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Joseph Cotten

  • Shadow Of A Doubt [1942] Shadow Of A Doubt | DVD | (17/10/2005) from £4.72  |  Saving you £5.27 (52.80%)  |  RRP £9.99

    Alfred Hitchcock considered this 1943 thriller to be his personal favourite among his own films, and although it's not as popular as some of Hitchcock's later work, it's certainly worthy of the master's admiration. Scripted by playwright Thornton Wilder and inspired by the actual case of a 1920s serial killer known as "The Merry Widow Murderer," Shadow of a Doubt sets a tone of menace and fear by introducing a psychotic killer into the small-town comforts of Santa Rosa, California. That's where young Charlie (Teresa Wright) lives with her parents and two younger siblings, and where murder is little more than a topic of morbid conversation for their mystery-buff neighbour (Hume Cronyn). Charlie was named after her favourite uncle, who has just arrived for an extended visit, and at first Uncle Charlie (Joseph Cotten) gets along famously with his admiring niece. But the film's chilling prologue has already revealed Uncle Charlie's true identity as the notorious Merry Widow Murderer, and the suspense grows almost unbearable when young Charlie's trust gives way to gradual dread and suspicion. Through narrow escapes and a climactic scene aboard a speeding train, this witty thriller strips away the fa ade of small-town tranquillity to reveal evil where it's least expected. And, of course, it's all done in pure Hitchcockian style. --Jeff Shannon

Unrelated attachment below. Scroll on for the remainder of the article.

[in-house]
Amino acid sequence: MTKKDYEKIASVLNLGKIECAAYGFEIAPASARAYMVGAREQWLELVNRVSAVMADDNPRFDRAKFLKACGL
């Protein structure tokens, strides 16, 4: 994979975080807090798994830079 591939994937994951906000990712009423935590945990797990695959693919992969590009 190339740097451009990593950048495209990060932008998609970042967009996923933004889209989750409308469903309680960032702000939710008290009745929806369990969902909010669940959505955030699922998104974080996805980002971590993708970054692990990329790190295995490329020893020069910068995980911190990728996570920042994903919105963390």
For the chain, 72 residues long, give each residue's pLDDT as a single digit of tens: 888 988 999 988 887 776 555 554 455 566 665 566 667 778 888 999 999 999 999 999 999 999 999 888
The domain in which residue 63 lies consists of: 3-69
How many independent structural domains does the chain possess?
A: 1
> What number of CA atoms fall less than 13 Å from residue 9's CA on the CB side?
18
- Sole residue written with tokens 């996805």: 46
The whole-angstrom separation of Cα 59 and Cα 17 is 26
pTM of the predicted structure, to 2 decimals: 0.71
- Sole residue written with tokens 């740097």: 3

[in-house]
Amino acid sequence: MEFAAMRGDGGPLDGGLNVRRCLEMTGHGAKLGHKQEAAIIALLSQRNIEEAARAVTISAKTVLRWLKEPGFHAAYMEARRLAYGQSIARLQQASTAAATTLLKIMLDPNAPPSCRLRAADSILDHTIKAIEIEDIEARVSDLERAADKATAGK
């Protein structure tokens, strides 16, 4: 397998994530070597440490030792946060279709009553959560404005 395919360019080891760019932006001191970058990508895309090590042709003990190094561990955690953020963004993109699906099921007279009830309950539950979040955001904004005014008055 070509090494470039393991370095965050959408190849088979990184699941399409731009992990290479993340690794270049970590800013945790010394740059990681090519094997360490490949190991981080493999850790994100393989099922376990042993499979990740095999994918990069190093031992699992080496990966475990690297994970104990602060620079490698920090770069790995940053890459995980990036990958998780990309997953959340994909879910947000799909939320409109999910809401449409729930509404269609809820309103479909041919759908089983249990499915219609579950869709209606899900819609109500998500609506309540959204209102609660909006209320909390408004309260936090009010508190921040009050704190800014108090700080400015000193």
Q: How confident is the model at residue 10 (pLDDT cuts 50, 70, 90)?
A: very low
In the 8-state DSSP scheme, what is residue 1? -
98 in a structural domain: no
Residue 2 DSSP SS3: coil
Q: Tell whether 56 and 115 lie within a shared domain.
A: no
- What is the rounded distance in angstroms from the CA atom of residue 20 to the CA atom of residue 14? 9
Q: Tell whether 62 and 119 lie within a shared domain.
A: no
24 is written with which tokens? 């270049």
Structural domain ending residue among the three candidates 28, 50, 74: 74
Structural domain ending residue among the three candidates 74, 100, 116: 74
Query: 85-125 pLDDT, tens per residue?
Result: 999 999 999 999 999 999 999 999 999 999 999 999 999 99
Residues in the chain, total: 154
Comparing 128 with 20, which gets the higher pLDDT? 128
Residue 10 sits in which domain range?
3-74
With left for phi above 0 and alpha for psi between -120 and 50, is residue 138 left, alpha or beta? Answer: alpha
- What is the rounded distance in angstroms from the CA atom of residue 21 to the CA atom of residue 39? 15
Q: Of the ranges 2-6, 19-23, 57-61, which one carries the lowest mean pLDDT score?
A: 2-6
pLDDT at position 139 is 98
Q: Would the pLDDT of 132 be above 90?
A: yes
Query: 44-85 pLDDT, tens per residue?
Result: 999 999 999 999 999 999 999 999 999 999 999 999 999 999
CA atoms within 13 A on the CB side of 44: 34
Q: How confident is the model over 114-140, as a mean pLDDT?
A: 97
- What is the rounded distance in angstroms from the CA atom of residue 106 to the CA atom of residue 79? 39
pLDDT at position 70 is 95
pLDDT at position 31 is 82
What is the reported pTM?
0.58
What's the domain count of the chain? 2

• The Third Man [DVD] [1949] The Third Man | DVD | (20/07/2015) from £7.99  |  Saving you £10.00 (55.60%)  |  RRP £17.99

    THE THIRD MAN has been beautifully restored in 4K for the first time showcasing the genius of this celebrated British noir voted the ‘The greatest British film of all time’ by a British Film Institute poll. Holly Martins (Joseph Cotton Citizen Kane ) a naïve writer of pulp westerns arrives in Vienna to meet his old friend Harry Lime (the incomparable Orson Welles) nut finds that Lime has apparently been killed in a suspicious accident. Martins too curious for his own good hears contradictory stories about the circumstances of Limes death and as witnesses disappear he finds himself chased by unknown assailants. Complicating matters are the sardonic Major Calloway (Trevor Howard Brief Encounter) head of the British forces and Lime’s stage actress mistress Anna Schmidt (Alida Valli). Will Martin’s curiosity lead him to discover things about his old friend that he’d rather not know? Brilliantly scripted by Graham Greene and set to Anton Karas’ evocative zither score this justly celebrated classic is further enhanced by Robert Karasker’s Academy Award winning cinematography and Orson Welles in one of his most iconic screen roles. Extras: Feature Audio Commentary Famous Fan Featurette Restoring the Third Man Interview & Zither Performance by Cornelia Mayer Guardian Interview Cotton (audio) Guardian Interview Greene (audio) Joseph Cotton’s Alternative Opening (Audio) Shadowing The Third Man Dangerous Edge Third Man on Radio (Audio) Trailer

  • The Third Man [Blu-ray] [1949] The Third Man | Blu Ray | (20/07/2015) from £11.48  |  Saving you £11.51 (50.10%)  |  RRP £22.99